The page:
Either of such payments is to be augmented by fiscal-need subsidies, whatever that may be construed to mean, where it can be shown that these are necessary.

What I want the Minister to make clear beyond peradventure is that whatever choice is made by a given province, the municipality giving up this source of revenue is protected one hundred per cent and will not, by reason of the province's decision, sustain any loss in revenue. I suggest that that is a reasonable request to make.

In my mind's eye, Mr. Speaker, I can see the premier of New Brunswick, surrounded by the little band of little men with little minds whom he calls his government, sitting down and sharpening his pencil and figuring, figuring, and endeavouring to see how much he can save or make out of the travail of the country. And then, being unable to determine which course to adopt, calling in that great master of finance, Mr. Neill MacLean, who is the political godfather and mentor of the provincial secretary-treasurer of New Brunswick, and waiting breathlessly for his decision. The Minister of Fisheries (Mr. Michaud) laughs. He knows that what I am suggesting is about true.

I now want to talk for a moment about succession duties. I confess I am perturbed over the further invasion of the provincial field by the imposition of succession duties. The provinces are not being asked to vacate this field. Up to date it has been their own. Personally I am convinced, after a careful study extending over a long period of years, that the smaller provinces do not get their just share of this tax, vis-a-vis the rich provinces of Ontario and Quebec. I could cite many reasons and examples, but I will just give one of them. Nearly all public securities are registered in either of those two provinces, because of the presence of stock exchanges in Montreal and Toronto and the necessity of being able to register quickly. For that reason, those two provinces exact in certain cases tribute-no other word will apply to the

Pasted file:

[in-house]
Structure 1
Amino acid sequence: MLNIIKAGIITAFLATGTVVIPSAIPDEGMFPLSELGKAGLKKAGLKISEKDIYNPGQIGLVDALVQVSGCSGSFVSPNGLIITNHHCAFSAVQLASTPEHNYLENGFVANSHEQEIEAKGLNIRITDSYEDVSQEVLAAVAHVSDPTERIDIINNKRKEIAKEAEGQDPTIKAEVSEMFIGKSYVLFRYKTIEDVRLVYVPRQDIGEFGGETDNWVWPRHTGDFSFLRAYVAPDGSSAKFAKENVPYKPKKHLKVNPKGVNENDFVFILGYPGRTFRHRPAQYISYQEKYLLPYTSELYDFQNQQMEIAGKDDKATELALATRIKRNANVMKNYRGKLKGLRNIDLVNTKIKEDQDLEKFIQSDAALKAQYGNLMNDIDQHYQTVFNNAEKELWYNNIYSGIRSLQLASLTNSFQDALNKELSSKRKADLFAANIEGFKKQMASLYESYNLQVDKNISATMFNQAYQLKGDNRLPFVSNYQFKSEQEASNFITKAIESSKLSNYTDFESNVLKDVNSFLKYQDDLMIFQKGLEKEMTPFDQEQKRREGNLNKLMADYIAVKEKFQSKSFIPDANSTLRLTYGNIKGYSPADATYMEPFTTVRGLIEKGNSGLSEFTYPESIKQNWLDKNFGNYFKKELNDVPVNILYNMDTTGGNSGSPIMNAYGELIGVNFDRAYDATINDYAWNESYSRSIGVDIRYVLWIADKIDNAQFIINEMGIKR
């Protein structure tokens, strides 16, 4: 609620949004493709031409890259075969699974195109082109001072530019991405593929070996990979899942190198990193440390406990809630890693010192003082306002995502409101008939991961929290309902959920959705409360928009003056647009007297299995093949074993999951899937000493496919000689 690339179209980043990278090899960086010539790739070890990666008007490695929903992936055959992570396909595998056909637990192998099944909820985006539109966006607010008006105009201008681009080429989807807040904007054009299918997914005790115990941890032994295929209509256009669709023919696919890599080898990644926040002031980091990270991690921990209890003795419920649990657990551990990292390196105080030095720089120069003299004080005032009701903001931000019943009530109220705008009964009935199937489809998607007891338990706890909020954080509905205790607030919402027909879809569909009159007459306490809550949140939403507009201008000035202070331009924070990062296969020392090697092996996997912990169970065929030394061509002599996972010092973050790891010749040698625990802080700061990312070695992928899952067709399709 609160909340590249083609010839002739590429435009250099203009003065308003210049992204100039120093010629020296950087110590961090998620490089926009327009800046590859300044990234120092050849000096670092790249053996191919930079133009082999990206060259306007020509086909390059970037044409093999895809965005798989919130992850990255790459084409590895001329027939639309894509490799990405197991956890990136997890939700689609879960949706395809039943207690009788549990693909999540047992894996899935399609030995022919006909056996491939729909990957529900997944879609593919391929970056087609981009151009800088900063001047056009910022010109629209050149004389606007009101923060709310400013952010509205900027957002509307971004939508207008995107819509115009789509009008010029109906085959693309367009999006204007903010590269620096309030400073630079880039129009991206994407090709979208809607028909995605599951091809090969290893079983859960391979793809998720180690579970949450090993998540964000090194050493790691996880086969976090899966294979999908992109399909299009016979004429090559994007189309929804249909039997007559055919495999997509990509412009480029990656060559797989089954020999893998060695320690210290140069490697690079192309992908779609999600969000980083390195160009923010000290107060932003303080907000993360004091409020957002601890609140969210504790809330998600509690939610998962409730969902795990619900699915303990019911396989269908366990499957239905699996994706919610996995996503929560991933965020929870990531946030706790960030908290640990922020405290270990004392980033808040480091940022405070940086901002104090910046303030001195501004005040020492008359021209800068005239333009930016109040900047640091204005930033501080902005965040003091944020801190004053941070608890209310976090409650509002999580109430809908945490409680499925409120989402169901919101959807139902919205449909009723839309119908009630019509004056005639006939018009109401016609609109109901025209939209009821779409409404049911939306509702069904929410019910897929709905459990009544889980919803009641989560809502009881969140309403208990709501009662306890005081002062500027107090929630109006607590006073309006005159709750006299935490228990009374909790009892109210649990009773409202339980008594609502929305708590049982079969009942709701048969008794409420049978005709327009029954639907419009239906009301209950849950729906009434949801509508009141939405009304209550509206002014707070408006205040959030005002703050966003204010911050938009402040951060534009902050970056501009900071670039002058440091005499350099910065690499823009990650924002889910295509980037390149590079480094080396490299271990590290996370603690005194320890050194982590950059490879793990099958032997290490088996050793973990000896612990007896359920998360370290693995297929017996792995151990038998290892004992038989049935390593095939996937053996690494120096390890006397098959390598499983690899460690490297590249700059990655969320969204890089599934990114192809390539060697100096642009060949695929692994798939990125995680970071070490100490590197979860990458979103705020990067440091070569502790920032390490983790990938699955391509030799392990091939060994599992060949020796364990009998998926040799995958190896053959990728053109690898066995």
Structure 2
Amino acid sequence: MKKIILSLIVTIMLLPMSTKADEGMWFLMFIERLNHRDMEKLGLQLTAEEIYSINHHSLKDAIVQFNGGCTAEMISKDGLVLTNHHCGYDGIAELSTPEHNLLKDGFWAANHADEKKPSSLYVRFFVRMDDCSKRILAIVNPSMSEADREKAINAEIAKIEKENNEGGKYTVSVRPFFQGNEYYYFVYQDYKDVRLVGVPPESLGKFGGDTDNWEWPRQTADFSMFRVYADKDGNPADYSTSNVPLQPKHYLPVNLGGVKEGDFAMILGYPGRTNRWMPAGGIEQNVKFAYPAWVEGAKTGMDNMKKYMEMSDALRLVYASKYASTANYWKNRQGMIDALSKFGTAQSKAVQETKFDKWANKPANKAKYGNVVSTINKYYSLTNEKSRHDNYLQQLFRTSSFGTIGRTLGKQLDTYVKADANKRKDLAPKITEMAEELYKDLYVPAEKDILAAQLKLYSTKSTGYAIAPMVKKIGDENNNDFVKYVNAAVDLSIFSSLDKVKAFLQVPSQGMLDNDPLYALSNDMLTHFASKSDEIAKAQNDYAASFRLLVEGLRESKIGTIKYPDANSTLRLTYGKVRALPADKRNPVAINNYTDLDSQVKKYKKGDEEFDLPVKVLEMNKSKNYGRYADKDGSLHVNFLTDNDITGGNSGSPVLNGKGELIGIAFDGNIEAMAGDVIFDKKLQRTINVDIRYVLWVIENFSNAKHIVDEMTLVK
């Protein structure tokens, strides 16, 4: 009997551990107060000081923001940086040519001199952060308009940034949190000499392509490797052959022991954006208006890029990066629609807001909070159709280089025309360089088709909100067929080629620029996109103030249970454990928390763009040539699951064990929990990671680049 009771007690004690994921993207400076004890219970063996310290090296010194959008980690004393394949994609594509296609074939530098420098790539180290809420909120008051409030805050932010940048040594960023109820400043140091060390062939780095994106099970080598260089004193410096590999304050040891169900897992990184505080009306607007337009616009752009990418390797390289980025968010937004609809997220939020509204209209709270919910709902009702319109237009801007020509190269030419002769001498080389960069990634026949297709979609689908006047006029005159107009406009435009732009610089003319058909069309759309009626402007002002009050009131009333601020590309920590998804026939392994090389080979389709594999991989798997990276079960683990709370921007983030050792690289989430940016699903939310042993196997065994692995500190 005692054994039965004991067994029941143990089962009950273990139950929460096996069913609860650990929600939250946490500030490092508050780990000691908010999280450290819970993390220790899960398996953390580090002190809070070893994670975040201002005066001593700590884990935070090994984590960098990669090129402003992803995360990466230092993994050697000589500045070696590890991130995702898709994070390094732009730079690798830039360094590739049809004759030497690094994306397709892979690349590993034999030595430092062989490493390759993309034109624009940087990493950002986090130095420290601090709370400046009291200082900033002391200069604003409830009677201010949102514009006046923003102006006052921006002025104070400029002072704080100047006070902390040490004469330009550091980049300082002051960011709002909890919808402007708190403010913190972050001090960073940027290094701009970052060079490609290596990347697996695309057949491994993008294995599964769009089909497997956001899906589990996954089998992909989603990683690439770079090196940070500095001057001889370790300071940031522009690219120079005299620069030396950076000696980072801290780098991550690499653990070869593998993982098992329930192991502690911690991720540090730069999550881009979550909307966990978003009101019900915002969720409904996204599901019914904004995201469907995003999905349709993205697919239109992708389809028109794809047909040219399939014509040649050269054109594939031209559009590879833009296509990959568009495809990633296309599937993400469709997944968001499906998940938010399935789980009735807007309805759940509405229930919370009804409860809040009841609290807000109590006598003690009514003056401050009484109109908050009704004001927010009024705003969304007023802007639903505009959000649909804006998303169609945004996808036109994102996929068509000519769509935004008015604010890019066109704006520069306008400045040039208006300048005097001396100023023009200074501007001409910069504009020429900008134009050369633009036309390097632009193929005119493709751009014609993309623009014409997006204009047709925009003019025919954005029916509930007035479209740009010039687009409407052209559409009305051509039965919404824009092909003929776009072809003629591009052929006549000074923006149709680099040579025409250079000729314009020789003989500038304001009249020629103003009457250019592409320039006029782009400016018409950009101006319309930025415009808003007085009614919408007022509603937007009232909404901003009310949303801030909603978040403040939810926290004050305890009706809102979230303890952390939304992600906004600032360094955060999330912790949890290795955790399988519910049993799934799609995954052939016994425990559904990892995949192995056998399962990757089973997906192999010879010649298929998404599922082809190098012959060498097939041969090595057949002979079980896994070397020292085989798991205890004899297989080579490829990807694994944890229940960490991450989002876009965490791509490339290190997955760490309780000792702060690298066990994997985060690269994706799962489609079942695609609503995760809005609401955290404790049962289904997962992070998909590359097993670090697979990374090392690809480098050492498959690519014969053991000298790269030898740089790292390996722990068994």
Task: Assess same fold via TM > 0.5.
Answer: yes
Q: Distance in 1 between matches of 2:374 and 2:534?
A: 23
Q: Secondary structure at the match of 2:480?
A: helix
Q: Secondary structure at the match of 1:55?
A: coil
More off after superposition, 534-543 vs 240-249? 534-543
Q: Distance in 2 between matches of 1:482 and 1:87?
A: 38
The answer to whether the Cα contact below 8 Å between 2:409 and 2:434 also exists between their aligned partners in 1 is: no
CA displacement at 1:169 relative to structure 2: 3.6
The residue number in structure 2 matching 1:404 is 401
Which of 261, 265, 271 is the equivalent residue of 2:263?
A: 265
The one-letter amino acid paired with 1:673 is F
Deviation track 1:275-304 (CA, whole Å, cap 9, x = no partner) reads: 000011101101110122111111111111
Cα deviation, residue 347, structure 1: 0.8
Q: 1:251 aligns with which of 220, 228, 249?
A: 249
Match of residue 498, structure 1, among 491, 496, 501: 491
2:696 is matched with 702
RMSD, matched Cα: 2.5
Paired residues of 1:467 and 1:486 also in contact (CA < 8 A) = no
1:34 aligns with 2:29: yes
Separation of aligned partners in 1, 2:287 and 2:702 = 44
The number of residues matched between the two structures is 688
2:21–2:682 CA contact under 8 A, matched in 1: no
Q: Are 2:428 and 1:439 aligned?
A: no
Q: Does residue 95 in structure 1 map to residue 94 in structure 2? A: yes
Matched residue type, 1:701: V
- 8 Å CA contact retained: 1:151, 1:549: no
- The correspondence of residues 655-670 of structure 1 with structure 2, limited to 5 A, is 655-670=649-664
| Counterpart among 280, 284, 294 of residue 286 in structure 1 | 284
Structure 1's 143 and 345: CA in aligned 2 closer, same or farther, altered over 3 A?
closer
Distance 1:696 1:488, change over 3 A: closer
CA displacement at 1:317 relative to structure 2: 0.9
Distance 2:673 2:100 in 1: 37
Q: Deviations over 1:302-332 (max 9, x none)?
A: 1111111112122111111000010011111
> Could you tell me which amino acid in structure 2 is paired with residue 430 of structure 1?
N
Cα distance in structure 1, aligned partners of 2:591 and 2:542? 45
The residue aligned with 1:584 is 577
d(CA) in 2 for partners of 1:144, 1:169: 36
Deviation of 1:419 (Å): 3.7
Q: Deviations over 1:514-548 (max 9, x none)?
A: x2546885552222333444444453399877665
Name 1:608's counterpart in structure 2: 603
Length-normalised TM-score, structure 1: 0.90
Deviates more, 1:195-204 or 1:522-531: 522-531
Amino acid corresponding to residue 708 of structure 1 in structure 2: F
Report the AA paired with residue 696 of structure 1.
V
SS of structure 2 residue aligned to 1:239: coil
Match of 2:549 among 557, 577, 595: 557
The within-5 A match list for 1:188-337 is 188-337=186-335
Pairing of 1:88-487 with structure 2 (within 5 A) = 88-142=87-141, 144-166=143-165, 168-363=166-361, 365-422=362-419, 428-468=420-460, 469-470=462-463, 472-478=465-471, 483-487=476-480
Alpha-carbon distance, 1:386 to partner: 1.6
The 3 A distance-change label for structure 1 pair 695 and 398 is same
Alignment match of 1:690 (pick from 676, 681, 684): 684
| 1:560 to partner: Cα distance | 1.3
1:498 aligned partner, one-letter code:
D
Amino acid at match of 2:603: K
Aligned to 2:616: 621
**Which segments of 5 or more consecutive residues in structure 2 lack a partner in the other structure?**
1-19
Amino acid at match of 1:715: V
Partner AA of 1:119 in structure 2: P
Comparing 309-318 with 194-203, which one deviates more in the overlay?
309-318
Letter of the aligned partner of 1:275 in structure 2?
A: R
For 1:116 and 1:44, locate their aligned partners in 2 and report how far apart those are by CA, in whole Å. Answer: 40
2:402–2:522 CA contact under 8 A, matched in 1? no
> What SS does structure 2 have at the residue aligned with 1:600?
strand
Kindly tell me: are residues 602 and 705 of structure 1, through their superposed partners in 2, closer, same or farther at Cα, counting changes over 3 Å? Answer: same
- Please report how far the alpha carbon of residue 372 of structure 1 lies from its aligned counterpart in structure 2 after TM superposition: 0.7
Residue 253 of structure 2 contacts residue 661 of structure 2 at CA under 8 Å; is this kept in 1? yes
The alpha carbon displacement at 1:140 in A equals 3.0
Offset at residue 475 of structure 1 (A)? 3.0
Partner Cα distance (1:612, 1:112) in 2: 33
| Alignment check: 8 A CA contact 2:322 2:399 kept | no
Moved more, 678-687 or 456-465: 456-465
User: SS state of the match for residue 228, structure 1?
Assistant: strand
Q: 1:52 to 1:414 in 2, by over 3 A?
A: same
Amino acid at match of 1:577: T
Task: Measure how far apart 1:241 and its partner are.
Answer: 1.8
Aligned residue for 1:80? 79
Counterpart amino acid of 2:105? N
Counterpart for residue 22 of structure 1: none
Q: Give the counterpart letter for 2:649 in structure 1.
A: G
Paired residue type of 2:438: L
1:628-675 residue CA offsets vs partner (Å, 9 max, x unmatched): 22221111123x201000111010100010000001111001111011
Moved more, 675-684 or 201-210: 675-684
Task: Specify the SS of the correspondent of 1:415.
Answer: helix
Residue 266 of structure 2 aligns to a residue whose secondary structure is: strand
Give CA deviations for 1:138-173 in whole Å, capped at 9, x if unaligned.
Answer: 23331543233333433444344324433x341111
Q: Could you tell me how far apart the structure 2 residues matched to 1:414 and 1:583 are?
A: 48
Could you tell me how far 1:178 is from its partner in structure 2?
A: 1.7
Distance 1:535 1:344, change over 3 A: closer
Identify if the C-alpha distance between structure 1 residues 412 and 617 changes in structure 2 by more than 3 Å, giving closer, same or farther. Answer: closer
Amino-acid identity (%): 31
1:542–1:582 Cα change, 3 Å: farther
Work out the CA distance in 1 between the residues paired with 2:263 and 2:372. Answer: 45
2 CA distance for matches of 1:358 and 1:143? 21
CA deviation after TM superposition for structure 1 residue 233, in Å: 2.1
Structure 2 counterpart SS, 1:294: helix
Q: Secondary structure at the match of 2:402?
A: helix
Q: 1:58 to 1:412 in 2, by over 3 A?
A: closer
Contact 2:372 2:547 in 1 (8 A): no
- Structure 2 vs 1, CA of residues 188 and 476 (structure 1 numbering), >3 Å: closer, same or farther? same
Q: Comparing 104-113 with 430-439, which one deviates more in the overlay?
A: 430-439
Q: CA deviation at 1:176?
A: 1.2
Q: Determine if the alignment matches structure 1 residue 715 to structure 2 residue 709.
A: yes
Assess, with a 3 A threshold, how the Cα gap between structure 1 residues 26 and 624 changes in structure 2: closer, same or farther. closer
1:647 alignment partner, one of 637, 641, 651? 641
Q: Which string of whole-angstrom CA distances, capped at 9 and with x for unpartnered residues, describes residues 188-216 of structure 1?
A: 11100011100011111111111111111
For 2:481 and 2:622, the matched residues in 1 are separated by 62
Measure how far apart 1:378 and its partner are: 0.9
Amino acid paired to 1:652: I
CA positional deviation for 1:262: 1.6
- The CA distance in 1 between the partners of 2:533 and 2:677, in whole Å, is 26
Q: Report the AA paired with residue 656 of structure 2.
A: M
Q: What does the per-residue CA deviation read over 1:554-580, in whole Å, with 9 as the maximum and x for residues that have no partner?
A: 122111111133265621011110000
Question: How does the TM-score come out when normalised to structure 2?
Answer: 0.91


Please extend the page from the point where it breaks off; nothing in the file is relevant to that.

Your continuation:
case-from estates situate or domiciled in the small provinces, to the ultimate detriment of the small provinces. This has long been a source of vexation and trouble.

In essence and in practice, succession or death duties are not, properly speaking, taxes, but are in their nature confiscation of private property. Surely we will all admit that. I know the arguments the other way and I shall not repeat them-to do so would be futile because we have these imposts now and always will have them. They are an accomplished fact, not a theory, and we are dealing with facts, not theories. Nevertheless, I personally am not convinced that the dominion should enter this field at the present time. However, the government, because of the necessities of war, has been driven-at all events, it has decided to enter this field. And, mark you, without any previous consultation or arrangement with the provinces. That, I think, is a major mistake, and time should have been taken by the forelock long before the budget and some arrangement entered into under which consideration would have been given to the whole problem and some reasonable accommodation made, whereby the one sum of money would not be subject to two, perhaps three, imposts. Double or triple taxation is always odious. Consultation 'has not taken place. It could very properly -have taken place last January at the time of the conference. It is one subject which, if then contemplated, should have been dealt with.